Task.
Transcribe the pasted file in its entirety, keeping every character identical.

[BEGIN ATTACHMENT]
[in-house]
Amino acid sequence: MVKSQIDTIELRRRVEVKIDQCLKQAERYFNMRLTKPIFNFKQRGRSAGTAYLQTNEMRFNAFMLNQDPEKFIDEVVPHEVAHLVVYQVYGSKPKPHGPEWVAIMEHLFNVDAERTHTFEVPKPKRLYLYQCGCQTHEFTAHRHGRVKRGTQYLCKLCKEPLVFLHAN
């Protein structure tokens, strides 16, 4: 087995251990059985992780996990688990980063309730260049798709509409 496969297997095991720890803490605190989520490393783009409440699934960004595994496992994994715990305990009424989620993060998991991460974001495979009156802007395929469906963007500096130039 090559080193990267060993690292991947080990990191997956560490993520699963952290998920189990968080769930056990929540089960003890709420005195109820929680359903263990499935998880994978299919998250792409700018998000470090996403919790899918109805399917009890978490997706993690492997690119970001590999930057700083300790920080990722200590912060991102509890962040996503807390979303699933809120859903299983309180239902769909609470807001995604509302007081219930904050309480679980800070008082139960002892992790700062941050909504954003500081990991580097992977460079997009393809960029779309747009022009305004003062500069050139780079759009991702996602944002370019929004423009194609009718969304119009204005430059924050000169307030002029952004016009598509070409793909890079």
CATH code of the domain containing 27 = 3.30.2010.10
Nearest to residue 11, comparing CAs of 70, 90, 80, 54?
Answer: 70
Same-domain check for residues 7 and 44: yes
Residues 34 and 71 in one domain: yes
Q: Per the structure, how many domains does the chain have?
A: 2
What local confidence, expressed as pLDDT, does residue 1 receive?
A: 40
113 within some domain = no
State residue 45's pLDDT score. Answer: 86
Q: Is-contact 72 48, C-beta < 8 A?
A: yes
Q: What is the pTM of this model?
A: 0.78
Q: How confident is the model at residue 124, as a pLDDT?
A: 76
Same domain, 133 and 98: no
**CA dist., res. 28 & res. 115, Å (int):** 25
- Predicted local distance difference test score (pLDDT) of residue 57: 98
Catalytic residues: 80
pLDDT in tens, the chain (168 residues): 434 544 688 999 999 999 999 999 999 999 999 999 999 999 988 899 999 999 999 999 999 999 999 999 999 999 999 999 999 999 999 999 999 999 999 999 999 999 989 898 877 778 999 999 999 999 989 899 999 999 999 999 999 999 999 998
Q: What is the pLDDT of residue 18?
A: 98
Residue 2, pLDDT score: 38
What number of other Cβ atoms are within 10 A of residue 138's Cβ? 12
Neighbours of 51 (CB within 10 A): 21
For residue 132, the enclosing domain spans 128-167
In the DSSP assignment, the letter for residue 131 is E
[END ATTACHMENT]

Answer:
[in-house]
Amino acid sequence: MVKSQIDTIELRRRVEVKIDQCLKQAERYFNMRLTKPIFNFKQRGRSAGTAYLQTNEMRFNAFMLNQDPEKFIDEVVPHEVAHLVVYQVYGSKPKPHGPEWVAIMEHLFNVDAERTHTFEVPKPKRLYLYQCGCQTHEFTAHRHGRVKRGTQYLCKLCKEPLVFLHAN
């Protein structure tokens, strides 16, 4: 087995251990059985992780996990688990980063309730260049798709509409 496969297997095991720890803490605190989520490393783009409440699934960004595994496992994994715990305990009424989620993060998991991460974001495979009156802007395929469906963007500096130039 090559080193990267060993690292991947080990990191997956560490993520699963952290998920189990968080769930056990929540089960003890709420005195109820929680359903263990499935998880994978299919998250792409700018998000470090996403919790899918109805399917009890978490997706993690492997690119970001590999930057700083300790920080990722200590912060991102509890962040996503807390979303699933809120859903299983309180239902769909609470807001995604509302007081219930904050309480679980800070008082139960002892992790700062941050909504954003500081990991580097992977460079997009393809960029779309747009022009305004003062500069050139780079759009991702996602944002370019929004423009194609009718969304119009204005430059924050000169307030002029952004016009598509070409793909890079």
CATH code of the domain containing 27 = 3.30.2010.10
Nearest to residue 11, comparing CAs of 70, 90, 80, 54?
Answer: 70
Same-domain check for residues 7 and 44: yes
Residues 34 and 71 in one domain: yes
Q: Per the structure, how many domains does the chain have?
A: 2
What local confidence, expressed as pLDDT, does residue 1 receive?
A: 40
113 within some domain = no
State residue 45's pLDDT score. Answer: 86
Q: Is-contact 72 48, C-beta < 8 A?
A: yes
Q: What is the pTM of this model?
A: 0.78
Q: How confident is the model at residue 124, as a pLDDT?
A: 76
Same domain, 133 and 98: no
**CA dist., res. 28 & res. 115, Å (int):** 25
- Predicted local distance difference test score (pLDDT) of residue 57: 98
Catalytic residues: 80
pLDDT in tens, the chain (168 residues): 434 544 688 999 999 999 999 999 999 999 999 999 999 999 988 899 999 999 999 999 999 999 999 999 999 999 999 999 999 999 999 999 999 999 999 999 999 999 989 898 877 778 999 999 999 999 989 899 999 999 999 999 999 999 999 998
Q: What is the pLDDT of residue 18?
A: 98
Residue 2, pLDDT score: 38
What number of other Cβ atoms are within 10 A of residue 138's Cβ? 12
Neighbours of 51 (CB within 10 A): 21
For residue 132, the enclosing domain spans 128-167
In the DSSP assignment, the letter for residue 131 is E